Clean Water
Matters!

The diverse ecosystems, working
landscapes, and vibrant communities
that inspire and sustain us depend on
clean water. Learn about pollution
reduction strategies.

Healthy Habitats
Connect Us All

Lakeshores, stream banks, and wetlands are critical to clean
water and biodiversity. Learn about efforts to improve
habitat connectivity in the Basin ecosystem.

We Care for
What We Know

Recreation fosters stewardship of the Basin’s rich
natural and cultural heritage by connecting people
to the landscape while supporting local economies.
Learn about ways to explore the Basin.

Informed Citizens
Make Wiser Choices

Citizens who have an understanding and
appreciation of water resources make informed
choices about actions that might contribute to
pollution. Learn about education programs.

    Water & Environment

    Did You Know?

    During the heyday of the Champlain Canal, between 1823 and the early twentieth century, thousands of canal boats passed between Lake Champlain and the Hudson River, transporting raw materials and finished products.
    Find out more

    Cyanobacteria (blue-green algae)

    What are cyanobacteria (blue-green algae)?

    cyanobacteria bloom

    A cyanobacteria (blue-green algae) bloom on the Burlington, VT, waterfront. Photo: Mary Watzin

    Cyanobacteria, also known as blue-green algae, are a type of bacteria found in most water bodies around the world. They play an important role in aquatic ecosystems, occasionally outcompeting other algae by using available nutrients more efficiently. Most cyanobacteria are microscopic and go unnoticed. Under certain conditions however, they can grow prolifically, forming unsightly and potentially toxic ‘blooms’.

    Cyanobacteria blooms may appear like thick pea soup, green paint, or grass clippings on the water. Although most of the cyanobacteria blooms that occur on the Lake are harmless, cyanobacteria can sometimes produce toxins that can be dangerous if ingested in large enough quantities. In 1999 and 2000, several dogs died after ingesting toxic cyanobacteria from Lake Champlain.

    Fig8_BeachClosure_small

    Cyanobacteria blooms can form when warm surface water temperatures and calm winds limit mixing of the lake water. Together with abundant phosphorus, which encourages excessive growth of cyanobacteria, these conditions can contribute to cyanobacteria growth patterns that produce toxins and prompt local human health concerns. State and provincial health departments closely monitor lake conditions for cyanobacteria blooms, and maintain criteria for specific conditions that trigger health advisory alerts and beach closures.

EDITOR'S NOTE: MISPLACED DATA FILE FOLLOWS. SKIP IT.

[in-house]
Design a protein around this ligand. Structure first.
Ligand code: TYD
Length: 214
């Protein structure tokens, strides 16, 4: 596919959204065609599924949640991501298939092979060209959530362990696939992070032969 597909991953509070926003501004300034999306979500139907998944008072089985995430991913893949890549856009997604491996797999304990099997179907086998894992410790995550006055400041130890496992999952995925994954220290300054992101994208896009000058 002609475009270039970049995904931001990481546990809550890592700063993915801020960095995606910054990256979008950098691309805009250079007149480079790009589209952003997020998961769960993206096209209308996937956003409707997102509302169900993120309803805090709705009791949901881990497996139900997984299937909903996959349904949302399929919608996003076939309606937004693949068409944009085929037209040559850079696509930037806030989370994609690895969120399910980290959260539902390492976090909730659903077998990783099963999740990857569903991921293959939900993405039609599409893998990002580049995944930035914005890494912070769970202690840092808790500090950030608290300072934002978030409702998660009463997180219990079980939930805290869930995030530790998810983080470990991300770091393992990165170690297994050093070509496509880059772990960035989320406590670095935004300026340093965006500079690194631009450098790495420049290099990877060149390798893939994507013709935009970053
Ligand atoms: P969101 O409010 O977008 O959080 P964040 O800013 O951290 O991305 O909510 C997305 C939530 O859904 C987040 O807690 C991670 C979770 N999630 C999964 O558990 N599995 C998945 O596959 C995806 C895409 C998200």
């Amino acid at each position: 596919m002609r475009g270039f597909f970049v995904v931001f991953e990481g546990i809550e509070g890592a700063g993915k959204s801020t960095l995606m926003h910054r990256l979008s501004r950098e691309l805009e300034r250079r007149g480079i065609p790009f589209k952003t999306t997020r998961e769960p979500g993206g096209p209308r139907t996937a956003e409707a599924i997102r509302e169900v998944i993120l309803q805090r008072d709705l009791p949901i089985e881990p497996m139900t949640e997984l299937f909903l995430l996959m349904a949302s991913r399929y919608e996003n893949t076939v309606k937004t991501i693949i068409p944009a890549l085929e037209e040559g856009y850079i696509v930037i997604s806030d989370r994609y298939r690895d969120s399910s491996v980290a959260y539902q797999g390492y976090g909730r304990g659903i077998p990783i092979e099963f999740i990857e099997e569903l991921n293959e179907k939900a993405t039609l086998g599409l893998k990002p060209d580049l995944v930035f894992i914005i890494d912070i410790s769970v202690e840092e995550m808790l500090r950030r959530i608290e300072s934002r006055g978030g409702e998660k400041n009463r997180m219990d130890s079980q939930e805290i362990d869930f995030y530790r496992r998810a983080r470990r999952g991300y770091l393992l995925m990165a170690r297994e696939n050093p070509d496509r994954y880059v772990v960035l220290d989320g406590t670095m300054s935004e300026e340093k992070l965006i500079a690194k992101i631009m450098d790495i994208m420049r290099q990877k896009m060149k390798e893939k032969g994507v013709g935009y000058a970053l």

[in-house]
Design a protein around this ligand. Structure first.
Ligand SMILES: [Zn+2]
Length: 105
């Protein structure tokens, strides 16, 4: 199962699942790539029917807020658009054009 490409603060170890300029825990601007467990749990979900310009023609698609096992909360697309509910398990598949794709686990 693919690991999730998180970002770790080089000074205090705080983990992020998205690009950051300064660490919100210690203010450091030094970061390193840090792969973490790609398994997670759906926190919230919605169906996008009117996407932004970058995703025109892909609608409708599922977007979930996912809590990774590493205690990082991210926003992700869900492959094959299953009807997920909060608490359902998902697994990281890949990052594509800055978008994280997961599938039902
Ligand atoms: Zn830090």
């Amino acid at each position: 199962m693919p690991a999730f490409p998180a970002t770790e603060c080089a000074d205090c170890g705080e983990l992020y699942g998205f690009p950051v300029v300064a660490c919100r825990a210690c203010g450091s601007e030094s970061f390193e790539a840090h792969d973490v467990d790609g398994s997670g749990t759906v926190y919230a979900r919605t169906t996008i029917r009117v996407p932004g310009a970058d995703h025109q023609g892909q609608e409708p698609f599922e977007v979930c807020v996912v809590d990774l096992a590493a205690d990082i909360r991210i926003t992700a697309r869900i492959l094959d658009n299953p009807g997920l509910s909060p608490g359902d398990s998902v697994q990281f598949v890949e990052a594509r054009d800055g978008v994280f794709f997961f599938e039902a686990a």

Monitoring for Cyanobacteria

    For more than ten years, the LCBP funded cyanobacteria monitoring and research efforts by the University of Vermont, the VT Department of Health, VT Department of Environmental Conservation, the Lake Champlain Committee, and the SUNY College of Environmental Science and Forestry in conjunction with the Federal Centers for Disease Control and Prevention. Scientists monitored Lake Champlain for cyanobacteria blooms and measured the environmental conditions that promote cyanobacteria blooms and development of their toxins in Lake Champlain. The results of this work is available in technical reports published by the LCBP.

    The Lake Champlain Cyanobacteria Monitoring Program is now coordinated by the VT DEC, working closely with the Lake Champlain Committee and the VT Department of Health to collect and analyze samples when bloom conditions merit laboratory analysis for toxins. The Quebec Ministry of the Environment also monitors for cyanobacteria on Missisquoi Bay, continuing a project begun in 1999. Several Québec beaches on Missisquoi Bay have been closed because of blue-green algae blooms over the past summers. In 2002, Vermont and Québec signed the Missisquoi Bay Phosphorus Reduction Agreement in an effort to reduce cyanobacteria blooms, which are linked to excess phosphorus in Missisquoi Bay.

    More about cyanobacteria

    Guidance for Vermont Communities from the Vermont Department of Health.

    The Québec 2014 Blue Green Algae Management Plan (PDF, QC MDDELCC – French only). More info

    For information about health advisories and reporting blooms, please visit the cyanobacteria advisories page.

    Portail santé mieux-être

    Ministère du Développment durable, Environnement et Lutte contre les changements climatiques: Les cyanobactéries à la baie Missisquoi de 2000 à 2008. Cyanobacteria in Missisquoi Bay from 2000 to 2008: Executive Summary

    Santé et Services sociaux

    For the current “state” of cyanobacteria blooms in Lake Champlain, please visit the “What is the problem with cyanobacteria blooms in Lake Champlain” page of our State of the Lake website.

    To learn about actions taken to address cyanobacteria blooms, please visit the “Clean Water Goal” section of the Lake Champlain management plan Opportunities for Action.

    US EPA cyanobacteria information

    What is the State of the Lake?

    What is the
    State of the Lake?

    Learn about the health of Lake Champlain in the 2015 State of the Lake report. Read about trends in key indicators of water quality and ecosystem health. Read the State of the Lake report

    Volunteers

    Make Some Waves

    From using lake-friendly cleaning products to volunteering with a local watershed group, you can help restore and protect the Lake Champlain Basin. Find out how you can get involved

    Track Our Progress

    Track Our Progress

    Explore the goals and actions of our partners and track our progress online with the Opportunities for Action website. View Opportunities for Action

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    Lake Champlain Basin Program

    Lake Champlain Basin Program
    54 West Shore Road
    Grand Isle, VT 05458
    800-468-5227 (NY & VT)
    or 802-372-3213